Court Decision Protects Abortion Access for Most Women in Texas, But Upholds Restrictions on Medication Abortion

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Ruling blocks provision that would have made safe, legal abortion non-existent for one in three Texas women
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(PRESS RELEASE) After a three day trial, a federal court today permanently struck down one provision of a recently enacted, deeply unpopular law—a measure that would have made safe and legal abortion services for one-third of women in Texas virtually impossible to access.

While U.S. District Court Judge Lee Yeakel blocked implementation of a requirement that all abortion providers obtain admitting privileges at a local hospital, today’s ruling has allowed another harmful measure to take effect on October 29—one that severely restricts the use of medication abortion, a safe and effective method to end an early pregnancy.

More than a dozen women’s health care providers, who jointly filed suit last month on behalf of their patients are currently considering options to protect women’s health in face of this ruling.The providers who filed the lawsuit Planned Parenthood v. Abbott are represented by the Center for Reproductive Rights, the Planned Parenthood Federation of America, the American Civil Liberties Union, the ACLU of Texas, and the firm George Brothers Kincaid &, Horton. 

“Today’s decision has averted a catastrophic health crisis for women across the state of Texas,” said Nancy Northup, president and CEO of the Center for Reproductive Rights. “Politicians, not doctors, pushed for both of these unconstitutional restrictions—despite the best medical standards for women’s health care. We are committed to standing with Texas health care providers and our partners in taking every necessary step to ensure all women in Texas have the same rights and access to essential health care as women living in other states.”

In blocking the law’s admitting privileges requirement, today’s court order protects access to safe and legal abortion services for women living in vast stretches of Texas—including areas surrounding Ft. Worth, Harlingen, Killeen, Lubbock, McAllen, and Waco—where one-third of the state’s licensed health centers would have had to immediately halt providing abortions if that part of the law were allowed to take effect. 

As Judge Yeakel explained in his ruling, “admitting privileges have no rational relationship to improved patient care" and place “an undue burden on a woman seeking an abortion.”

But by upholding the law’s restrictions on medication abortion, physicians in Texas will now be forced to go against years of research and their professional experience by requiring their patients to follow an inferior, outdated, and less effective protocol for medication abortion. The law severely limits the number of women eligible to choose this method to end an early pregnancy, eliminating the option entirely for many women while imposing unnecessary burdens on women who could still use medication abortion.

“Today’s ruling marks an important victory for Texas women and sends a clear message to lawmakers:  it is unconstitutional for politicians to pass laws that take personal, private decisions away from women and their doctors. While this ruling protects access to safe and legal abortion for women in many parts of the state, part of this ruling will make it impossible for many women to access medication abortion, which is safe and effective early in pregnancy," said Cecile Richards, president of Planned Parenthood Federation of America.  "Planned Parenthood nurses and doctors are taking every step we can to ensure that women in Texas have access to the highest quality health care no matter where they live."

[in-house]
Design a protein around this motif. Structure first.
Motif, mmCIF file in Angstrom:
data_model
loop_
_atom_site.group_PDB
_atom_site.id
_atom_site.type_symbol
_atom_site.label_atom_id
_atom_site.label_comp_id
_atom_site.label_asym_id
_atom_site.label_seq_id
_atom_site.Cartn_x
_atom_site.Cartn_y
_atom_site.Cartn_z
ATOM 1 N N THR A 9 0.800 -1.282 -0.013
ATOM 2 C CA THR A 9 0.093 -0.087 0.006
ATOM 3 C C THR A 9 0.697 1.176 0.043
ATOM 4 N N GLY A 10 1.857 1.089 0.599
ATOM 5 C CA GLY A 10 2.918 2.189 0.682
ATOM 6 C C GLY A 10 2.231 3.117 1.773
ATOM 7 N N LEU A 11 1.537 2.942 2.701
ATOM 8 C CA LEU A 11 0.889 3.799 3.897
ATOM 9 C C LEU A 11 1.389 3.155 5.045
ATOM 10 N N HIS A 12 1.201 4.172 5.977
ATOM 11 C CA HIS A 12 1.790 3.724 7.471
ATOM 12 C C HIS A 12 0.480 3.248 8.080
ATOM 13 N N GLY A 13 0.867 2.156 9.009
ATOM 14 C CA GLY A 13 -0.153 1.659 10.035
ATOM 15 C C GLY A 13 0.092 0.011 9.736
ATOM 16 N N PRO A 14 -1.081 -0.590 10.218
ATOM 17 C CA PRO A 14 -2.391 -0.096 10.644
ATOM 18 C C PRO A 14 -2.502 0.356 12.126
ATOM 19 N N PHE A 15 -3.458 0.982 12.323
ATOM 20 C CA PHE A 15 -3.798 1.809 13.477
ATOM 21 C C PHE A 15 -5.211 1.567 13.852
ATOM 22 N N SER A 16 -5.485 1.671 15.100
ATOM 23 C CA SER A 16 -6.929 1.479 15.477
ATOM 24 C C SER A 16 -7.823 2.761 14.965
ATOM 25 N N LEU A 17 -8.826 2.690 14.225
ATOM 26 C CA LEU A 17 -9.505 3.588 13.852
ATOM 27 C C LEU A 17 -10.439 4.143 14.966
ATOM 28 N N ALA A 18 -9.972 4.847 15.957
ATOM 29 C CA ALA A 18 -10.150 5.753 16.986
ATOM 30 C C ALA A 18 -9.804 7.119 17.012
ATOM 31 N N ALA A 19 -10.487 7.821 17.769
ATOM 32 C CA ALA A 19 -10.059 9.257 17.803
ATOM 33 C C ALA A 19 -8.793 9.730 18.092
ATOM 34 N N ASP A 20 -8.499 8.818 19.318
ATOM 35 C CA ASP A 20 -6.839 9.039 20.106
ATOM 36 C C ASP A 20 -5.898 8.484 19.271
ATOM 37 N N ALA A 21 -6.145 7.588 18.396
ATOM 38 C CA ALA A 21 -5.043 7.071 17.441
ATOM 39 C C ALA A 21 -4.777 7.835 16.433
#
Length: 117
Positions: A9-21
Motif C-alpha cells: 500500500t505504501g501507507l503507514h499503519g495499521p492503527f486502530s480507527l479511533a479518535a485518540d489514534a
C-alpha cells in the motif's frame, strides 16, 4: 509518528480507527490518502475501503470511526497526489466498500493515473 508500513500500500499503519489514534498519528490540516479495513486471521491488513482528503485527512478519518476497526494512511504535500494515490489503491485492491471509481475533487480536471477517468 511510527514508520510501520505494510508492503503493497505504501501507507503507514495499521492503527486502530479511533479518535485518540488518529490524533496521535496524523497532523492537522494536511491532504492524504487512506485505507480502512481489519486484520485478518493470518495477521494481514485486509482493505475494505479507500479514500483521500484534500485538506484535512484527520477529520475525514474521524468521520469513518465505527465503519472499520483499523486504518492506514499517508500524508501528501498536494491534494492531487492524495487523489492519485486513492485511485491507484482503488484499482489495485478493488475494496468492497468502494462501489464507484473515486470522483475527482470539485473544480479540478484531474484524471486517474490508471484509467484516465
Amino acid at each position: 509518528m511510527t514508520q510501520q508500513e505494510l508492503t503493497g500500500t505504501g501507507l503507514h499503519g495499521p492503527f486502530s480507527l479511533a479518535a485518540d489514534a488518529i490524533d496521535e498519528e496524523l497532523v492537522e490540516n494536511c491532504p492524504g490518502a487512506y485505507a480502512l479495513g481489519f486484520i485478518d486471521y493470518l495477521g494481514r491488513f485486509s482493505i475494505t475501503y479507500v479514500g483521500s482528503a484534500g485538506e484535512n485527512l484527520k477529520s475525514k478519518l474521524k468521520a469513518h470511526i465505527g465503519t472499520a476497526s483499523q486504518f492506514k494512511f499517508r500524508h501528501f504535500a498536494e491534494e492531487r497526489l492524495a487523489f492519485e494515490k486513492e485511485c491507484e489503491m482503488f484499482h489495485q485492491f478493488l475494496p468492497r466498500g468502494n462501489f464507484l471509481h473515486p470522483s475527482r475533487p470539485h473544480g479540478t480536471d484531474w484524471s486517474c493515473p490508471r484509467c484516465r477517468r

The provisions that were ruled on today were part of a package of legislation signed by Governor Rick Perry on July 18 following a series of special legislative sessions, but opposed by 80 percent of Texas voters, according to a poll by Greenberg Quinlan Rosner Research. Medical experts in Texas and across the country, including the American Congress of Obstetricians and Gynecologists, Texas Medical Association, and Texas Hospital Association, also publicly opposed provisions in the law because they provide no medical benefit to women and will actually jeopardize women’s health and safety.

“The court was right to strike the admitting privileges provision.  It is unconstitutional and it would have shut down women’s health centers throughout the state,” said Louise Melling, deputy legal director at the ACLU. “We are disappointed by the ruling on the medication abortion restriction, which ignores accepted medical practice and will force providers to use less safe methods. But we will continue to fight and explore every option to protect women’s health.”

Courts have blocked similar provisions in other states across the country. Admitting privileges requirements aimed at shutting down all or most of the abortion providers in Alabama, Mississippi, North Dakota, and Wisconsin have been halted before they took effect. State courts in North Dakota and Oklahoma have permanently struck down unconstitutional restrictions on medication abortion.